C-Store Traffic Continues to Struggle

But weekly sales up 4% over 2019: VideoMining
VideoMining convenience store foot traffic data 2022
Image courtesy of VideoMining

STATE COLLEGE, Pa. — The average number of weekly in-store buyers in convenience stores was down 14% in 2021 compared to the pre-pandemic weekly average in 2019, according to a recent report from VideoMining’s C-Store Shopper Insights Tracker. The store-traffic data firm places the cause of the decline squarely on Inflation, high gas prices and continuing work-from-home trends.

Despite the depressed traffic, however, the average weekly sales per store for the convenience channel was 4% higher relative to 2019, VideoMining reported. This was partly due to inflation and partly due to the healthy appetite of c-store shoppers for buying a range of in-store products, adding up to $58,456 in sales (excluding fuel) per store per week.

The overall behaviors of the shoppers, including spending more time shopping in-store (more than 3 minutes), also indicated that shoppers are now very comfortable visiting and shopping convenience stores.

“There has certainly been shifts in behaviors and trip missions in the channel,” VideoMining said. “Breakfast gained significant share of trips in 2021 compared to the previous year, largely as more of the workforce began returning to the office and once again commuting in the mornings. That was a boon to categories like coffee, energy drinks and prepackaged food, which all performed exceptionally well in the daypart.”

The shares for food and beverage categories were up year-over-year, while tobacco and alcohol trip missions were down, according to the report. Key growth categories included refreshing beverages like sports drinks (up 24% share) and water (plus 13%), snacks such as cereal bars (up 15%), meat snacks (up 12%) and candy (up 9%), as well as fresh food options, including roller grill (up 13%) and prepackaged food (up 6%). Their gain reduced the dominance of categories that held up through the pandemic such as cigarettes, which declines share 7%, and beer, down 6%.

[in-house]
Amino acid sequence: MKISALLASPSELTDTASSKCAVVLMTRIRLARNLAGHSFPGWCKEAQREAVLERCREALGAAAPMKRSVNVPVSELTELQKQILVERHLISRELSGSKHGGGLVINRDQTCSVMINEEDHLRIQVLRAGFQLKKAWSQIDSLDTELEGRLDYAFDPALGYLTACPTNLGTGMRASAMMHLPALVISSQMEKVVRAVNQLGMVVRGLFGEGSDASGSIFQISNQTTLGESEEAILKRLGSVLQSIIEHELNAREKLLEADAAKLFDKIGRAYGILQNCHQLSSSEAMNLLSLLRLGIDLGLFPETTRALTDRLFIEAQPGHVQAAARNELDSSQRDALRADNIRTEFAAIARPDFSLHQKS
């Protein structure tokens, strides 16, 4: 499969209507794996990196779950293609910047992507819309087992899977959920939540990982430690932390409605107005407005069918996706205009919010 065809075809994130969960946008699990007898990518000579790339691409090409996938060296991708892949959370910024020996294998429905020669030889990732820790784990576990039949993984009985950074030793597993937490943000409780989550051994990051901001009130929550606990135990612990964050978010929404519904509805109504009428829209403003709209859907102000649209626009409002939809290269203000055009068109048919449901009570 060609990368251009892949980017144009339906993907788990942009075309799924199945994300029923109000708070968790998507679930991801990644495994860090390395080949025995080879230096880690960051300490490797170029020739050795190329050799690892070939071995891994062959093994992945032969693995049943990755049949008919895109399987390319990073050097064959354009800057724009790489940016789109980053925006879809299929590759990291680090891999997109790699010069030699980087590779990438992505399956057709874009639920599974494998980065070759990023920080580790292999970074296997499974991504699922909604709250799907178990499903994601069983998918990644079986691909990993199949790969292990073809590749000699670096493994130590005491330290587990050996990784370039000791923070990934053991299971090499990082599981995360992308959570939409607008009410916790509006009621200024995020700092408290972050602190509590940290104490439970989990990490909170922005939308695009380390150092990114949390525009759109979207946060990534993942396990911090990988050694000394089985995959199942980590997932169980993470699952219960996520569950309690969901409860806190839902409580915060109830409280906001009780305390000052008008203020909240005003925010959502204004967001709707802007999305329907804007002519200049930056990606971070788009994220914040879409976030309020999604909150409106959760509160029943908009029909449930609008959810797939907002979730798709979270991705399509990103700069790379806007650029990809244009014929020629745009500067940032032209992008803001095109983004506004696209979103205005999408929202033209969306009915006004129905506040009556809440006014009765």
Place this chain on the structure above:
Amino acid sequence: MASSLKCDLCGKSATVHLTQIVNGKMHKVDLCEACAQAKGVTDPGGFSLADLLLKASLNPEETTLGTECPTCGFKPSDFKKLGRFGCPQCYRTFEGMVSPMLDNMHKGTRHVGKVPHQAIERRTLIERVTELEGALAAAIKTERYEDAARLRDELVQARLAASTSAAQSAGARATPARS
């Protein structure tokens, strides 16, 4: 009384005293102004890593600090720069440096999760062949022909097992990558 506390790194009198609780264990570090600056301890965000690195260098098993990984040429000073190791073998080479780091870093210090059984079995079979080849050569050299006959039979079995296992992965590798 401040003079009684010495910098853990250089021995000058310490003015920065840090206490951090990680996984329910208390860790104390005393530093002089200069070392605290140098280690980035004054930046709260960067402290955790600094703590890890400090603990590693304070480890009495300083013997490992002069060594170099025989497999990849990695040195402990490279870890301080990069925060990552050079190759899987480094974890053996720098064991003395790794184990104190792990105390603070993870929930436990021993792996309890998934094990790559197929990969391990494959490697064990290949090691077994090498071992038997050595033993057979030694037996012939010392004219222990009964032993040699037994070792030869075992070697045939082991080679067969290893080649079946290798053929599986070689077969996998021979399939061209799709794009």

Fuel Factor

As VideoMining continues to monitor high fuel prices, which undoubtedly hurt overall store traffic, it says the good news is that a majority (72%) of visitors to c-stores in 2021 were nonfuel buyers.

Trends from last year also highlight opportunities to improve pump-to-store conversion rates for fuel buyers who pay at the pump. That rate was nearly 26% below the conversion rates in 2019.

There were plenty of other opportunities to improve in-store conversions, Video Mining said, especially as shopper dynamics in the channel continue to shift. For example, 2021 saw further gains in the proportion of younger shoppers in c-stores, with Gen Zs (18-26 years old) and millennials (27-41) now making up more than 53% of the shopper base.

An in-depth analysis of the product segments also revealed patterns that indicate shifts in shopper preferences, for example, moving to hard seltzers and ready-to-drink (RTD) cocktails from traditional beers. So even as store heatmaps continue to turn more red after the pandemic-driven blue of slow traffic, there are plenty of opportunities for fine-tuning merchandising and marketing strategies to connect better with today’s c-store shopper and boost in-store performance, according to VideoMining.

VideoMining Corp., State College, Pa., is a research company that helps retailers and consumer packaged goods (CPG) manufacturers optimize retail performance and shopper experience by analyzing in-store behavior using anonymous sensing and artificial intelligence (AI).

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